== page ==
On Wednesday, June 10, audiences at NYIT de Seversky Mansion will have the opportunity to see New York Times principal environmental science writer and editor Justin Gillis in conversation with James Hansen, Ph.D., one of today's foremost players in climate science.
Hansen, director of climate science, awareness, and solutions at Columbia University's Earth Institute, is the keynote speaker at NYIT's 10th energy conference, "Tipping Points: Energy, Water, Climate." Register online.
Gillis proposed the question-and-answer segment after Associate Professor Laurence Silverstein invited him to participate in the conference. "I want to get out, in essence, less about the science and more about the role Hansen has played and is playing in society," he said. "It feels more natural," Gillis added, to ask questions "and attempt to translate for the common man out there who might be wondering about Jim Hansen and his role." Gillis will also take part in a panel on climate change.
The reporter has interviewed Hansen for some of his previous work and said he is interested in exploring the scientist’s approaches to spreading awareness about climate change. Hansen is the former head of the NASA Goddard Institute for Space Studies. Over several decades, he became increasingly vocal about greenhouse gases and global warming. As an activist, he’s been arrested several times at demonstrations and protests.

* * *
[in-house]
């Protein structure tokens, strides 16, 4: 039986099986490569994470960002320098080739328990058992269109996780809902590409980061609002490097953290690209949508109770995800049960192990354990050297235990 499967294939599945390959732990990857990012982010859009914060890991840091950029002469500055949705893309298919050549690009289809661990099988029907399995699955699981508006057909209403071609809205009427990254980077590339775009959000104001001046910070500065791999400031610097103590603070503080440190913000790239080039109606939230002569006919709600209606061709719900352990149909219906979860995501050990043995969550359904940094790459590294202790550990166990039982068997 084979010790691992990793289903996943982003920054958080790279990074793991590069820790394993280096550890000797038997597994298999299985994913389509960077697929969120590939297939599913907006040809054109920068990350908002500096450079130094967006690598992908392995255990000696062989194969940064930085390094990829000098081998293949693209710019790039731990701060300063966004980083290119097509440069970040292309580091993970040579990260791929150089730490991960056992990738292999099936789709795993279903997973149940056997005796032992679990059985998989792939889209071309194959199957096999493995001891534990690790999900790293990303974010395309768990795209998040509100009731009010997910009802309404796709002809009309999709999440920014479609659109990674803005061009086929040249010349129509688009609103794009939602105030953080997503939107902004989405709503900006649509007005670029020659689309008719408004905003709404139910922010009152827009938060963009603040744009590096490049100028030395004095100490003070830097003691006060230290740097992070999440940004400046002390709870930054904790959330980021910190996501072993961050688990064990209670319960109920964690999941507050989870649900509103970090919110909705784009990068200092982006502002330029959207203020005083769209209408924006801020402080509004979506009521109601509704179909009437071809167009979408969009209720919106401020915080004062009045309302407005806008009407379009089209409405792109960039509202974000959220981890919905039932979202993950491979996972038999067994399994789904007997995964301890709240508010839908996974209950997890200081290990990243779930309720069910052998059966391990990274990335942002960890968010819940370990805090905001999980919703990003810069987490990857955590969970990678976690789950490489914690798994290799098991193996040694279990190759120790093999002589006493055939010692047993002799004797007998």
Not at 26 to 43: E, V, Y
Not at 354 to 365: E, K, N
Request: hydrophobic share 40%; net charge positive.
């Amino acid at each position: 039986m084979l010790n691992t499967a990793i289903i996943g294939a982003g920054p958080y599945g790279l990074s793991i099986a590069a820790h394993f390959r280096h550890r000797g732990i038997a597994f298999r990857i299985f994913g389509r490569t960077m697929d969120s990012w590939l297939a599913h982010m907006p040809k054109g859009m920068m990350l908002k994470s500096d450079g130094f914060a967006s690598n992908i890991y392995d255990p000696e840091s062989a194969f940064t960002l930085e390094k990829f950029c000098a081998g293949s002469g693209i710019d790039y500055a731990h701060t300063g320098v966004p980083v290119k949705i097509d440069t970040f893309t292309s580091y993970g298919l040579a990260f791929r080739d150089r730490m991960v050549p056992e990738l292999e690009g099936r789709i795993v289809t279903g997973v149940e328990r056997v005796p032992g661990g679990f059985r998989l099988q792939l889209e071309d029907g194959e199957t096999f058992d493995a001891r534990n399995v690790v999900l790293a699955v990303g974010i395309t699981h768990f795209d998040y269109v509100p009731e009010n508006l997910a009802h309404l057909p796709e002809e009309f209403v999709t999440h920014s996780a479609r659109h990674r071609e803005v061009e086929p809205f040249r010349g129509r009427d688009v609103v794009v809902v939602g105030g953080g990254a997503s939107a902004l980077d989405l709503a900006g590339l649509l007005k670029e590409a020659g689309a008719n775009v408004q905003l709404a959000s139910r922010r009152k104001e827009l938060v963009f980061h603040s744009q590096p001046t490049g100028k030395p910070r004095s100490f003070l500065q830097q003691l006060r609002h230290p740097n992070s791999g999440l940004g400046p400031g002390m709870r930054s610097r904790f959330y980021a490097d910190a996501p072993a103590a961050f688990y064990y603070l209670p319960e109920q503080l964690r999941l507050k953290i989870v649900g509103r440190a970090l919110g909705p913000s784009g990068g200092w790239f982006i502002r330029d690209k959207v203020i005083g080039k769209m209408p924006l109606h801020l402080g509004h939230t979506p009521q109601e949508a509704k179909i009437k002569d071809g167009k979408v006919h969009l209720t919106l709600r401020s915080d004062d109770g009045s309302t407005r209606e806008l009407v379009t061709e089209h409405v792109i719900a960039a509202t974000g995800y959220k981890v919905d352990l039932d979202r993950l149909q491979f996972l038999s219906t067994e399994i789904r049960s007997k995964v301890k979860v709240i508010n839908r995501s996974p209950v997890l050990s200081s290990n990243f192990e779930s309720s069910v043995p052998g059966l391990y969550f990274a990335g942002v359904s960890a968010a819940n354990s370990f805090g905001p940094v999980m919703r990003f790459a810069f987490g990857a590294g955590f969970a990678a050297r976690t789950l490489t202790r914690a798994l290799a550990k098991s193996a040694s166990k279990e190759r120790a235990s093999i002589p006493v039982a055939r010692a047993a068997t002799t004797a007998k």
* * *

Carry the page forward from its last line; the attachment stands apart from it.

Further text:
“He’s willing to show up at demonstrations and get arrested, which most (climate scientists) are not willing to do,” said Gillis, adding that he wants to ask Gillis about “that journey … and how he got to that point.”
Hansen’s keynote address is “Climate Change and Energy: Can Young People Take Ownership of Their Future?” The conference also features panels on groundwater threats, geothermal systems, clean energy, and power grid resilience.
Gillis is author of the Times series “Temperature Rising,” which won the John B. Oakes Award for Distinguished Environmental Journalism from Columbia University. A graduate of the University of Georgia, he has worked at the Associated Press, The Miami Herald, and The Washington Post.